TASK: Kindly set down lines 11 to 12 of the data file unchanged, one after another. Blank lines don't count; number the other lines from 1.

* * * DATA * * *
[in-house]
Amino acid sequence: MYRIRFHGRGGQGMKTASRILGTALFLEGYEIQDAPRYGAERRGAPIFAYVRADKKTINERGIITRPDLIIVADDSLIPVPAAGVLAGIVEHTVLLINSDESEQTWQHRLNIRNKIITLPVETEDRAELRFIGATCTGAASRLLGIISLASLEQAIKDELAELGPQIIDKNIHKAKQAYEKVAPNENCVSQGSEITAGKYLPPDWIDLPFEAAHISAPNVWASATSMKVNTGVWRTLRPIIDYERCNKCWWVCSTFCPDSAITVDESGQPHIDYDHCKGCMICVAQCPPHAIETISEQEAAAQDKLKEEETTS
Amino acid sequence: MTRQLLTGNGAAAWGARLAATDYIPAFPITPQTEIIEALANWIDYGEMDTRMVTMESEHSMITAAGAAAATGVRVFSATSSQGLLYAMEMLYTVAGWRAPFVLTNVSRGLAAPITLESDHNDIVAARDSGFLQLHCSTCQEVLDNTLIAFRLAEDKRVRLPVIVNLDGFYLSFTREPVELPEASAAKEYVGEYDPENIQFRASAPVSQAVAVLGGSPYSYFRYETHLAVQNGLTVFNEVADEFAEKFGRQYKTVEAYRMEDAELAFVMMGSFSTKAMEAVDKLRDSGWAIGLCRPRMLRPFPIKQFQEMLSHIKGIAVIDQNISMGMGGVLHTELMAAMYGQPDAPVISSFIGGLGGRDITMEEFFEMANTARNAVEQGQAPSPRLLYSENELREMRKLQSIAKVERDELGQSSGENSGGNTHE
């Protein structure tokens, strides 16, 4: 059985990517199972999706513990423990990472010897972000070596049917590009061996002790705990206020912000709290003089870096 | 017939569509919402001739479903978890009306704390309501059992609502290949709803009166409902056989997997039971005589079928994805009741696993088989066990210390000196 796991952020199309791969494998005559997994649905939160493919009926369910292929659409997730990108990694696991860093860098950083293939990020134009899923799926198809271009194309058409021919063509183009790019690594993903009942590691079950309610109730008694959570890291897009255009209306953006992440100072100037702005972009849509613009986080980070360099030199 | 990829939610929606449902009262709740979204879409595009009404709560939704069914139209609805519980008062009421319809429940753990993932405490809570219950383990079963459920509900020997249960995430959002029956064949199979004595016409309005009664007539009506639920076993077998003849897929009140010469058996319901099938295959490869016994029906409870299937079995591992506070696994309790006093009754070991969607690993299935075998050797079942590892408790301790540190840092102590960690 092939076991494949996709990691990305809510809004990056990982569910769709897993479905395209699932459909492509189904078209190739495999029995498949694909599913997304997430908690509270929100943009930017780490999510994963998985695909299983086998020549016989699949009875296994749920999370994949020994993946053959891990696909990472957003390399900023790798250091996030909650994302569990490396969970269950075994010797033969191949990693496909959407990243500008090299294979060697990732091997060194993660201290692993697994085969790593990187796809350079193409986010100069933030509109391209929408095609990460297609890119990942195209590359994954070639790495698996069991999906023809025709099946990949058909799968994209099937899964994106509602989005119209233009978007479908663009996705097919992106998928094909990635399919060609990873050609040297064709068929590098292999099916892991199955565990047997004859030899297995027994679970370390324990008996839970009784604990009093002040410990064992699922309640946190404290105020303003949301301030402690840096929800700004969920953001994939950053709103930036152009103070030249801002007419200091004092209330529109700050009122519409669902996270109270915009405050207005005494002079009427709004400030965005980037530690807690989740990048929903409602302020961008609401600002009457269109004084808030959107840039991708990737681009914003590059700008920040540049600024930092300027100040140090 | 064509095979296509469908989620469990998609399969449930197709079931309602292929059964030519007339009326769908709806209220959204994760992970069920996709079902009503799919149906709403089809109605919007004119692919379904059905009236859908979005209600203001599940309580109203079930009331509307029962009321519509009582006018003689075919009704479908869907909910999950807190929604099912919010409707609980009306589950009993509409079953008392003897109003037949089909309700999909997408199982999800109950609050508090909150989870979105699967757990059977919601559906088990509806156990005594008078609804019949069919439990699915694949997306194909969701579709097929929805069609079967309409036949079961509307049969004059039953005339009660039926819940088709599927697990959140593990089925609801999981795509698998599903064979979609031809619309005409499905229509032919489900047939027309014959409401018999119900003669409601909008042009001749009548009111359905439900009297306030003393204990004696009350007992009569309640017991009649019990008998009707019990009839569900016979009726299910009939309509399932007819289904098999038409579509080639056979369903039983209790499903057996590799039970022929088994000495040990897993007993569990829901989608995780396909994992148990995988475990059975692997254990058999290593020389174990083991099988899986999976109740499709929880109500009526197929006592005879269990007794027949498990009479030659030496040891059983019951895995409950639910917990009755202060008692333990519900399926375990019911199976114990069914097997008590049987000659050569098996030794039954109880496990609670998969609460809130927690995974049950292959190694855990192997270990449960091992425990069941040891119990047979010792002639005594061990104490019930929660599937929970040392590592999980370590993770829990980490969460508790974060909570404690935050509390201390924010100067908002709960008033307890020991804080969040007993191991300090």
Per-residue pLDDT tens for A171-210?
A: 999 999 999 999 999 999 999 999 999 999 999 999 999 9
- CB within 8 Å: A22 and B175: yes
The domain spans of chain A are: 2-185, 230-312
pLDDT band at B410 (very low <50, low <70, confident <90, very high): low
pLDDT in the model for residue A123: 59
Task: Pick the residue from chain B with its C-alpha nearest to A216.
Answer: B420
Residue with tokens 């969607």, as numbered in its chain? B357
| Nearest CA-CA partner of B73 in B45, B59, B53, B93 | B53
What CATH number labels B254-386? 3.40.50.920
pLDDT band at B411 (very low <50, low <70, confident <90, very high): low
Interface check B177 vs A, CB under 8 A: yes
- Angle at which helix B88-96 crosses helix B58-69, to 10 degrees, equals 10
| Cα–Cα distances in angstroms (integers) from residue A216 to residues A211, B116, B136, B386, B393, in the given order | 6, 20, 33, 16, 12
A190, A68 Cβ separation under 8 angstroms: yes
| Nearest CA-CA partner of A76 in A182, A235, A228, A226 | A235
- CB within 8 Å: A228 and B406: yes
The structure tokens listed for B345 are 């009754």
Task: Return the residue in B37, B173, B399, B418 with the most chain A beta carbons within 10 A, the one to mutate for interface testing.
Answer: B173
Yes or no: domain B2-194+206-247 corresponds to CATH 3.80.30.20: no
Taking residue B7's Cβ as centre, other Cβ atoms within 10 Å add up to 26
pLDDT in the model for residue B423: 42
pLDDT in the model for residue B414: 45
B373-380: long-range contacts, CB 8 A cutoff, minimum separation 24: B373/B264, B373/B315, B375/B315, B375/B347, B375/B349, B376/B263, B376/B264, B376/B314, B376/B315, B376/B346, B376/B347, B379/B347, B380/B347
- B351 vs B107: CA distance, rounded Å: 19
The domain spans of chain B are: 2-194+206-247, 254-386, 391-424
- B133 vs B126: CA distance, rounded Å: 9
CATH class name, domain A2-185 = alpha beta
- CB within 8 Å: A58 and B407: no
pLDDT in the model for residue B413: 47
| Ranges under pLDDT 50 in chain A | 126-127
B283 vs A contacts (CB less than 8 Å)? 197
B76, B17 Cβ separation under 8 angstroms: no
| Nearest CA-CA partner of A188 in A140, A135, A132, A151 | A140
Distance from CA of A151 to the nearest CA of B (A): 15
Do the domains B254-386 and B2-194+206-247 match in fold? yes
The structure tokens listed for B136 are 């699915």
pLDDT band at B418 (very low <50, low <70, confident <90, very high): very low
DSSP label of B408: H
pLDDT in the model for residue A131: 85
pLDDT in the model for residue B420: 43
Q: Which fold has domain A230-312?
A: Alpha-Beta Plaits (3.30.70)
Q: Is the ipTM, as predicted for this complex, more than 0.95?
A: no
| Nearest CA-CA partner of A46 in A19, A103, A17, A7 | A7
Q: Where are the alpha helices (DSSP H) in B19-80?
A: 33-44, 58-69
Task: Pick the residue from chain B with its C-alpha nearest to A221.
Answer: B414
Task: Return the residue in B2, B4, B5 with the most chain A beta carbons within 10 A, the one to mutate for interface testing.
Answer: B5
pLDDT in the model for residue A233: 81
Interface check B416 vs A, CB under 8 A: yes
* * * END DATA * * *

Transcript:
Task: Pick the residue from chain B with its C-alpha nearest to A216.
Answer: B420